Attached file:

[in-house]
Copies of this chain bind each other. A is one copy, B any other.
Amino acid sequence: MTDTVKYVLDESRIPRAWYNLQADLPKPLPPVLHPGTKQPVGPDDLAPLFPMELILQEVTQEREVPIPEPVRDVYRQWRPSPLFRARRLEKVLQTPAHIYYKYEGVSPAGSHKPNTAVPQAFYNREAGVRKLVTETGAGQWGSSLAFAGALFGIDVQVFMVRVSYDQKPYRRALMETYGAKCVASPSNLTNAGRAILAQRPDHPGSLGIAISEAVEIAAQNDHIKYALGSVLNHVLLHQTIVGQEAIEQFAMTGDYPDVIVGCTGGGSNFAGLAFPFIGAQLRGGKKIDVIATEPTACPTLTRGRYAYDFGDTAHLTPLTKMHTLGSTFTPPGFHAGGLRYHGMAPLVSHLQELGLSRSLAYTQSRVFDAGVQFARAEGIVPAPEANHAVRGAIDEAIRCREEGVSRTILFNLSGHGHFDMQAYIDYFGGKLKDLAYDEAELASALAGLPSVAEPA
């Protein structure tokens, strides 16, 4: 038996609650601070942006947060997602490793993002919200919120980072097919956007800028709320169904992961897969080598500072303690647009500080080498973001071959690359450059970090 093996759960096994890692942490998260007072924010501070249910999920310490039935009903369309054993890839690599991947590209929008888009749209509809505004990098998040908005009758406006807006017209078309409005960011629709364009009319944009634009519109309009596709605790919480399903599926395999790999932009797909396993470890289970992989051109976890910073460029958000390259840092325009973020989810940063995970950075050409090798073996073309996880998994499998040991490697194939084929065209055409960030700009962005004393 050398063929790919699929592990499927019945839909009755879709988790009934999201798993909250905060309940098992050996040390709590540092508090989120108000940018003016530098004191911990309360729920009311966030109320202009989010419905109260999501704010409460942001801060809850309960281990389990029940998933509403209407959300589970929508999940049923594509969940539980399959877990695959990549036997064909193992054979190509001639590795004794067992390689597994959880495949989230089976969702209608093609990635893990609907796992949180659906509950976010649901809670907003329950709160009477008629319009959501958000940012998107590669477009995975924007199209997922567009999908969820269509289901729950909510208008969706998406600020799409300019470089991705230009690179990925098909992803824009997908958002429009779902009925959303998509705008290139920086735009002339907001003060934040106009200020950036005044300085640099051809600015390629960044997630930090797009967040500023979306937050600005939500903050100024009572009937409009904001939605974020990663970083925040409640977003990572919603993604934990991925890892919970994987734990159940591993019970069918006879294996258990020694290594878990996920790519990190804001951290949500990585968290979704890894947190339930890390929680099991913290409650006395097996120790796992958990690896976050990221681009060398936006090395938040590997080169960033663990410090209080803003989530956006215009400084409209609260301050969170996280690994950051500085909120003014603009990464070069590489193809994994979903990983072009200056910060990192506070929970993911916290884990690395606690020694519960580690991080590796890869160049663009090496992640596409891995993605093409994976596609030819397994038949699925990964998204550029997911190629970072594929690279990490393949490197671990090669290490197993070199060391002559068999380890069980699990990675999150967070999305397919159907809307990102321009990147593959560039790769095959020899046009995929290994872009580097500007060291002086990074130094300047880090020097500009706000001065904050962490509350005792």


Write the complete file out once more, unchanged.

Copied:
[in-house]
Copies of this chain bind each other. A is one copy, B any other.
Amino acid sequence: MTDTVKYVLDESRIPRAWYNLQADLPKPLPPVLHPGTKQPVGPDDLAPLFPMELILQEVTQEREVPIPEPVRDVYRQWRPSPLFRARRLEKVLQTPAHIYYKYEGVSPAGSHKPNTAVPQAFYNREAGVRKLVTETGAGQWGSSLAFAGALFGIDVQVFMVRVSYDQKPYRRALMETYGAKCVASPSNLTNAGRAILAQRPDHPGSLGIAISEAVEIAAQNDHIKYALGSVLNHVLLHQTIVGQEAIEQFAMTGDYPDVIVGCTGGGSNFAGLAFPFIGAQLRGGKKIDVIATEPTACPTLTRGRYAYDFGDTAHLTPLTKMHTLGSTFTPPGFHAGGLRYHGMAPLVSHLQELGLSRSLAYTQSRVFDAGVQFARAEGIVPAPEANHAVRGAIDEAIRCREEGVSRTILFNLSGHGHFDMQAYIDYFGGKLKDLAYDEAELASALAGLPSVAEPA
């Protein structure tokens, strides 16, 4: 038996609650601070942006947060997602490793993002919200919120980072097919956007800028709320169904992961897969080598500072303690647009500080080498973001071959690359450059970090 093996759960096994890692942490998260007072924010501070249910999920310490039935009903369309054993890839690599991947590209929008888009749209509809505004990098998040908005009758406006807006017209078309409005960011629709364009009319944009634009519109309009596709605790919480399903599926395999790999932009797909396993470890289970992989051109976890910073460029958000390259840092325009973020989810940063995970950075050409090798073996073309996880998994499998040991490697194939084929065209055409960030700009962005004393 050398063929790919699929592990499927019945839909009755879709988790009934999201798993909250905060309940098992050996040390709590540092508090989120108000940018003016530098004191911990309360729920009311966030109320202009989010419905109260999501704010409460942001801060809850309960281990389990029940998933509403209407959300589970929508999940049923594509969940539980399959877990695959990549036997064909193992054979190509001639590795004794067992390689597994959880495949989230089976969702209608093609990635893990609907796992949180659906509950976010649901809670907003329950709160009477008629319009959501958000940012998107590669477009995975924007199209997922567009999908969820269509289901729950909510208008969706998406600020799409300019470089991705230009690179990925098909992803824009997908958002429009779902009925959303998509705008290139920086735009002339907001003060934040106009200020950036005044300085640099051809600015390629960044997630930090797009967040500023979306937050600005939500903050100024009572009937409009904001939605974020990663970083925040409640977003990572919603993604934990991925890892919970994987734990159940591993019970069918006879294996258990020694290594878990996920790519990190804001951290949500990585968290979704890894947190339930890390929680099991913290409650006395097996120790796992958990690896976050990221681009060398936006090395938040590997080169960033663990410090209080803003989530956006215009400084409209609260301050969170996280690994950051500085909120003014603009990464070069590489193809994994979903990983072009200056910060990192506070929970993911916290884990690395606690020694519960580690991080590796890869160049663009090496992640596409891995993605093409994976596609030819397994038949699925990964998204550029997911190629970072594929690279990490393949490197671990090669290490197993070199060391002559068999380890069980699990990675999150967070999305397919159907809307990102321009990147593959560039790769095959020899046009995929290994872009580097500007060291002086990074130094300047880090020097500009706000001065904050962490509350005792």